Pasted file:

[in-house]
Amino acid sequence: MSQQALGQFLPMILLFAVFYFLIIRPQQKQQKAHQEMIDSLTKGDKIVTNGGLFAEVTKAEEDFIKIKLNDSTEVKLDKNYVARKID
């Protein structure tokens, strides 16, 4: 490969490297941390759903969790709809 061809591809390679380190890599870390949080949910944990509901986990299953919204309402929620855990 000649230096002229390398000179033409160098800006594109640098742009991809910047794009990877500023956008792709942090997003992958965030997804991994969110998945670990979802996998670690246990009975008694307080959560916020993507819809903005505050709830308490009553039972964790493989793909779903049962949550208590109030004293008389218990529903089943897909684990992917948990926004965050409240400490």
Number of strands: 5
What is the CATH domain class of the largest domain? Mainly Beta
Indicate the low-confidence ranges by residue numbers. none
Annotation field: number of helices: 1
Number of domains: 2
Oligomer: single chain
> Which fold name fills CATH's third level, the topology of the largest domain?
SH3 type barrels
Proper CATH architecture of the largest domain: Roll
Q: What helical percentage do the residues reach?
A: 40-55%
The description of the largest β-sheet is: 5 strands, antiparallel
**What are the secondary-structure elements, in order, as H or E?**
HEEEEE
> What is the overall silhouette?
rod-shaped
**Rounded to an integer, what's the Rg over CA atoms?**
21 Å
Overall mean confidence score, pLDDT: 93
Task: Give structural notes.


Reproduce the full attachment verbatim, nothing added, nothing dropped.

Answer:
[in-house]
Amino acid sequence: MSQQALGQFLPMILLFAVFYFLIIRPQQKQQKAHQEMIDSLTKGDKIVTNGGLFAEVTKAEEDFIKIKLNDSTEVKLDKNYVARKID
């Protein structure tokens, strides 16, 4: 490969490297941390759903969790709809 061809591809390679380190890599870390949080949910944990509901986990299953919204309402929620855990 000649230096002229390398000179033409160098800006594109640098742009991809910047794009990877500023956008792709942090997003992958965030997804991994969110998945670990979802996998670690246990009975008694307080959560916020993507819809903005505050709830308490009553039972964790493989793909779903049962949550208590109030004293008389218990529903089943897909684990992917948990926004965050409240400490």
Number of strands: 5
What is the CATH domain class of the largest domain? Mainly Beta
Indicate the low-confidence ranges by residue numbers. none
Annotation field: number of helices: 1
Number of domains: 2
Oligomer: single chain
> Which fold name fills CATH's third level, the topology of the largest domain?
SH3 type barrels
Proper CATH architecture of the largest domain: Roll
Q: What helical percentage do the residues reach?
A: 40-55%
The description of the largest β-sheet is: 5 strands, antiparallel
**What are the secondary-structure elements, in order, as H or E?**
HEEEEE
> What is the overall silhouette?
rod-shaped
**Rounded to an integer, what's the Rg over CA atoms?**
21 Å
Overall mean confidence score, pLDDT: 93
Task: Give structural notes.